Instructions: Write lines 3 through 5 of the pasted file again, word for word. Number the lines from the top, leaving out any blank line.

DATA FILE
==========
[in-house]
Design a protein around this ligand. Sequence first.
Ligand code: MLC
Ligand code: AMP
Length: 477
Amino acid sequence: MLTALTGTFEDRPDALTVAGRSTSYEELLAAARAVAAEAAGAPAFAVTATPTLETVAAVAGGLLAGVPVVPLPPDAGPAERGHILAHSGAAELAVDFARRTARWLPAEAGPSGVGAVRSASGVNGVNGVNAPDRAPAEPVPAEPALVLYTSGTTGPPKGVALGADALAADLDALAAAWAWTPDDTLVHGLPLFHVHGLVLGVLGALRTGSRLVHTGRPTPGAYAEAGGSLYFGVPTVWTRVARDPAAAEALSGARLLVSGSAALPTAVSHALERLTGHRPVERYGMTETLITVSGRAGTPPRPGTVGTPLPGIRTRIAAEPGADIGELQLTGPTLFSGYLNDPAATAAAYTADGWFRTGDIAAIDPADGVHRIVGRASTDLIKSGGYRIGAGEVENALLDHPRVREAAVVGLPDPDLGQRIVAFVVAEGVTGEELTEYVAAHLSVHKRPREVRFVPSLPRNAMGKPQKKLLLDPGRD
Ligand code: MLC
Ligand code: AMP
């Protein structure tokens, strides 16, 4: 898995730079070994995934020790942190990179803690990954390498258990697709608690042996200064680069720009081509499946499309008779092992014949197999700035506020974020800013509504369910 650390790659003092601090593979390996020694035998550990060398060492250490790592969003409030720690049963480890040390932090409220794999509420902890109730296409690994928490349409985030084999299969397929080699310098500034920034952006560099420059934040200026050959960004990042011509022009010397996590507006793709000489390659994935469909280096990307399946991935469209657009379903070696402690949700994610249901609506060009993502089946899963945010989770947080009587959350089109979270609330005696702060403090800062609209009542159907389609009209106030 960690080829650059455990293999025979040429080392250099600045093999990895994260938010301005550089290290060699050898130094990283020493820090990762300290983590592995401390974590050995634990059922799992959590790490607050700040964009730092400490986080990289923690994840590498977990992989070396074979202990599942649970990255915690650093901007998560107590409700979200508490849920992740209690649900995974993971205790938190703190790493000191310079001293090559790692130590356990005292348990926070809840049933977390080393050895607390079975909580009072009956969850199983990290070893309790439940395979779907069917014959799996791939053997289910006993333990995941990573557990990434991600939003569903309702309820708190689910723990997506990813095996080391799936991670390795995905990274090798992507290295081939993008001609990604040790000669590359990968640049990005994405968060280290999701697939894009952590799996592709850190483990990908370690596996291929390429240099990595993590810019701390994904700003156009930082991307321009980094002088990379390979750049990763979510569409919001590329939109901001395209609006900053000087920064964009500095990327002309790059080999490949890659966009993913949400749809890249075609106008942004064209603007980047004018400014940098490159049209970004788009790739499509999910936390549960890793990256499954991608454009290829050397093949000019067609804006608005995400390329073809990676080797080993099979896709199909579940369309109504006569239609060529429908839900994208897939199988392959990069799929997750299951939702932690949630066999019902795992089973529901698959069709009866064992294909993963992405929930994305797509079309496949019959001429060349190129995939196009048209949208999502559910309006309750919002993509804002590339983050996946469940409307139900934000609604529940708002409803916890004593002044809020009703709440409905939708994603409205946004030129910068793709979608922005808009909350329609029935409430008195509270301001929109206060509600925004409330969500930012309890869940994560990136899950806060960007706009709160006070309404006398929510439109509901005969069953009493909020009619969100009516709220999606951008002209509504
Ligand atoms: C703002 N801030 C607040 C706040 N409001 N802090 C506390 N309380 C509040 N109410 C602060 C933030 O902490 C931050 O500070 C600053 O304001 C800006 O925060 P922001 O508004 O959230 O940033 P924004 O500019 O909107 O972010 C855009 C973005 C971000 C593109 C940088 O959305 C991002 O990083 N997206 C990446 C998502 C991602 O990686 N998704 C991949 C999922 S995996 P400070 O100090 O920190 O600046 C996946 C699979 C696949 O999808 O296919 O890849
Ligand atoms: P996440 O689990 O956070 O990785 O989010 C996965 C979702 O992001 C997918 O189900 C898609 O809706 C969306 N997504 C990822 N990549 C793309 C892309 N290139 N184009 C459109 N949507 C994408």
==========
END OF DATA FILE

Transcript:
Ligand code: MLC
Ligand code: AMP
Length: 477